Most of us had at least one “nightmare” job during our teenage years. Whether the work was boring, exhausting or low-paying, it at least made us appreciate the value of getting a good education (to be spared from such jobs in the future). Unfortunately, some teenagers suffer indignities on the job that no one should ever be subjected to, including sexual harassment.
Employers have a responsibility to protect all workers from sexual harassment. It should go without saying that this responsibility is especially serious when it comes to workers who are minors. The Equal Employment Opportunity Commission highlighted this responsibility when it filed a lawsuit against the grocery store chain Kroger, which has locations across the country, including here in California. The lawsuit was recently settled for $42,500.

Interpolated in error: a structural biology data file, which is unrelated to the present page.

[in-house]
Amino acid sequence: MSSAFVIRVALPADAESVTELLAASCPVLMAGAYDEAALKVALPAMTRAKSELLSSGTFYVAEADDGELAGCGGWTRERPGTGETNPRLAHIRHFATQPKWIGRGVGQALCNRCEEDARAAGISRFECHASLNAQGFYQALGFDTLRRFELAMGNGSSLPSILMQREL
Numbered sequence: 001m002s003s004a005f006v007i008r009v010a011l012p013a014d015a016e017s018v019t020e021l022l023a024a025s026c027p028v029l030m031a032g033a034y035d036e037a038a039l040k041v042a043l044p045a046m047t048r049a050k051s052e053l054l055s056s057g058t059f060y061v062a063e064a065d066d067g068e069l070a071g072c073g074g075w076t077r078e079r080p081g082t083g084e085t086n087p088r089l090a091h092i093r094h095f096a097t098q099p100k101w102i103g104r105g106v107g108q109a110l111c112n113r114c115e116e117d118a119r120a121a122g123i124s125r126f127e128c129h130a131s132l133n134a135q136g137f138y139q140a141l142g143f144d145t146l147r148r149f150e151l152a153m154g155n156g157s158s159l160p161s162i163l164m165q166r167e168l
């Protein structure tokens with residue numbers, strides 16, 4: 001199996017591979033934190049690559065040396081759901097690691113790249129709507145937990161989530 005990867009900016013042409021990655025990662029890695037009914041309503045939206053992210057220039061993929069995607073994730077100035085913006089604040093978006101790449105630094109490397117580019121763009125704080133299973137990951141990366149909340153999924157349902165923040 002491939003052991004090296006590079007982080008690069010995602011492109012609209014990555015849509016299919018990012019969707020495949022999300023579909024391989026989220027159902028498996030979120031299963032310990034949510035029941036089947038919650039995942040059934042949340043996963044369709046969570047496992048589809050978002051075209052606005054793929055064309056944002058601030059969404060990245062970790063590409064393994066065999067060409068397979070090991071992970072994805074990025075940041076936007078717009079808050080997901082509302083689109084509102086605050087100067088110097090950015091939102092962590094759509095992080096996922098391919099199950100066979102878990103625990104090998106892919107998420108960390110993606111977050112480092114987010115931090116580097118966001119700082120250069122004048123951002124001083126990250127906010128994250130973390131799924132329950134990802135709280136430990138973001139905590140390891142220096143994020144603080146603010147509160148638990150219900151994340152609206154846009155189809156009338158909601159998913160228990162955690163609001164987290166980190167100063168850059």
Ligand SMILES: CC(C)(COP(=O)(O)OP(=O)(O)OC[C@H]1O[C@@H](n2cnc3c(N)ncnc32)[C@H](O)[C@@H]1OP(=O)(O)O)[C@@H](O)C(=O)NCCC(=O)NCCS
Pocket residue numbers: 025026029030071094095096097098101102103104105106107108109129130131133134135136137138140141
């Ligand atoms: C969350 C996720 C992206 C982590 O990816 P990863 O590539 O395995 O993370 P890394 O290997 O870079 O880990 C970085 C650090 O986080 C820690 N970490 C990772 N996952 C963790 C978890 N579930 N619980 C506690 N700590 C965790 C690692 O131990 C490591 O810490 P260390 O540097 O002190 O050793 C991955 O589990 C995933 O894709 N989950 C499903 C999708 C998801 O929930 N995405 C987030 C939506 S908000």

According to news sources, the harassment victim was a teen girl who worked at a Kroger location in Arkansas (it is unclear if she was a minor). Shortly after being hired, the teen started being harassed by a male co-worker. The company allegedly ignored the young woman’s complaints and failed to take “corrective action against the harasser until [the victim’s] final complaint.”
In the settlement agreement, Kroger agreed to pay $42,500 in restitution. It also agreed to improve anti-harassment training and education at the location where the teen worked.
Unfortunately, teenagers are often targets of workplace sexual harassment for several reasons: They are at the bottom of the workplace hierarchy, they may be temporary workers and they may not know what their rights are. For all these reasons and more, the EEOC tries to reach out to teenage employees with its Youth@Work website.
If you have a teenager at home, please take time to educate them about their rights and resources in the workplace. And if you have been the victim of workplace sexual harassment, please discuss your case with an experienced employment law attorney.